A couple of miles from the end, a female swimmer passed me and would not be caught. I took to coast hugging (a Cork advantage) to get the shortest line and Cimarron was cringing as I went over rocks and through dead tree branches.

The finish took me by a pontoon boat with the four female finishers and to another dam. It seems that the swim was just under 9 miles and my time was 3 hours and 20 minutes or so (with some current helping). Gracie broke 3 hours and Dave was 30 minutes faster this year with unbroken ribs!

They laid on a spread of fruit and drinks on for the swimmers and crew. Everyone had finished and there were smiles all around. I noticed that poor Heather, the other massage lady, was standing all alone by her table. I decided to help – like throwing the first coins in the busker’s guitar case – I helped as her first customer. She then had them queuing up: my good deed for the day.

Back to the house for a massive feed and mixing feeds again. I think we are all positive about the second 10 mile lake swim on Thursday and, yes, another 4:00 am wake-up. We now leave the house behind and stay is “quaint” places in the mountains. The fun never ends!

Ned completes False Bay crossing…

Yesterday, Ned Denison became only the fifth person ever to complete the 35 km swim across False Bay, South Africa. You can read most of the details of the swim in my “as it happened” account of the swim (linked below) from yesterday. Also, Steven Munatones wrote a great article “Ned Denison Faces the Truth in False Bay” on his Daily News of Open Water Swimming blog. In this article, Ned explains how the swim became unexpectedly tough in the last few kilometres…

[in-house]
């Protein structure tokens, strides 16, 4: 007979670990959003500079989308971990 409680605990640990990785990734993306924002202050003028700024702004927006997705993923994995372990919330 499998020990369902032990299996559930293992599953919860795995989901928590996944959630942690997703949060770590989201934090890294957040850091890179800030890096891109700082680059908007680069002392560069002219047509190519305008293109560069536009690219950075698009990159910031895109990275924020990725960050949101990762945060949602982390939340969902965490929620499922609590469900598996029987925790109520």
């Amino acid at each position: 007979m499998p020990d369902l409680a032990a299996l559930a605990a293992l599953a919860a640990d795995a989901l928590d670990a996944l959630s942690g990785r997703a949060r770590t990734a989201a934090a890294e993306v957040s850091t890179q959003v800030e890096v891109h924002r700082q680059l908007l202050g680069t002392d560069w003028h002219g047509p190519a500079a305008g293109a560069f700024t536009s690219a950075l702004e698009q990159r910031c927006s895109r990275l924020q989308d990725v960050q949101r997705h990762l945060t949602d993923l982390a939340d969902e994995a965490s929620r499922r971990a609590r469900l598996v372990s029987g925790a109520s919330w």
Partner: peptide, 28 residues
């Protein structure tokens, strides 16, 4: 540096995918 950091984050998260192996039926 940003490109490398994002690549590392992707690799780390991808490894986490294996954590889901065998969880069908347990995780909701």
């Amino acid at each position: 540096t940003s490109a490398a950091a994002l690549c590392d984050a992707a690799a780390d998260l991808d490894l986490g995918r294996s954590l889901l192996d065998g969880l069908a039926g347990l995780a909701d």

A very happy and prosperous New Year to everyone!

Ned Denison’s False Bay Swim LIVE

Read below for an “as it happened” account of Ned Denison’s historic swim across the infamous False Bay, South Africa. Ned’s unofficial swim time was 11 hours 5 minutes and he is only the fifth person ever to have completed this swim…

Image – Google Earth

The above Google Earth image shows False Bay with the starting point at Rooi-Els (east) and the finish at Miller’s Point (west). Ned’s approximate route is shown in red…

16:22 A huge thanks to Roger Finch of Cape Town who kept us all up-to-date on Ned’s progress in the absence of the SPOT tracker…

16:18 Ned’s unofficial time was 11 hours 5 minutes, a super time for a 35 km ocean swim! As an added bonus, Ned finished the swim with the same number of appendages with which he started it. What an achievement!

16:14 Ned Denison of the USA and Ireland has just become the fifth person ever to complete the 35 km crossing of False Bay, South Africa from Rooi-Els to Miller’s Point on the Cape Peninsula. Congratulations, Ned, on completing this astonishing challenge!

15:38 There must have been a miscalculation somewhere along the line: the pilot is saying that he estimates another 30 minutes before Ned finishes. Very exciting!

15:33 Roger says all of the phones on the boat are busy so it’s likely that he’s finished, just waiting for confirmation now…